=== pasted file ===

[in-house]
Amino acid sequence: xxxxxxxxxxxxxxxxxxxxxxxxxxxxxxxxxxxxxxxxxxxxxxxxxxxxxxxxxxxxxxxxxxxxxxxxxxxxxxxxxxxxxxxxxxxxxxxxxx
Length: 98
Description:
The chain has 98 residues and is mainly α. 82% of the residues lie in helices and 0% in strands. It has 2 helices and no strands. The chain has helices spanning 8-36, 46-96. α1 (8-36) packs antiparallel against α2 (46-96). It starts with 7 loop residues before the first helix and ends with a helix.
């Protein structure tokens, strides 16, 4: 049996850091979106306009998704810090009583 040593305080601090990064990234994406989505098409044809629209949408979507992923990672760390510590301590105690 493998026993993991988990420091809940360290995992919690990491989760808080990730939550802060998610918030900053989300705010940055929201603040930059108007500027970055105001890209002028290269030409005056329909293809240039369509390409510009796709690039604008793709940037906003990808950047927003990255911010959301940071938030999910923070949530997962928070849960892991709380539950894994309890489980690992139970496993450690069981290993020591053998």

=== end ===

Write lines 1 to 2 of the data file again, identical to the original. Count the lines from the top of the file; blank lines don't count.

[in-house]
Amino acid sequence: xxxxxxxxxxxxxxxxxxxxxxxxxxxxxxxxxxxxxxxxxxxxxxxxxxxxxxxxxxxxxxxxxxxxxxxxxxxxxxxxxxxxxxxxxxxxxxxxxx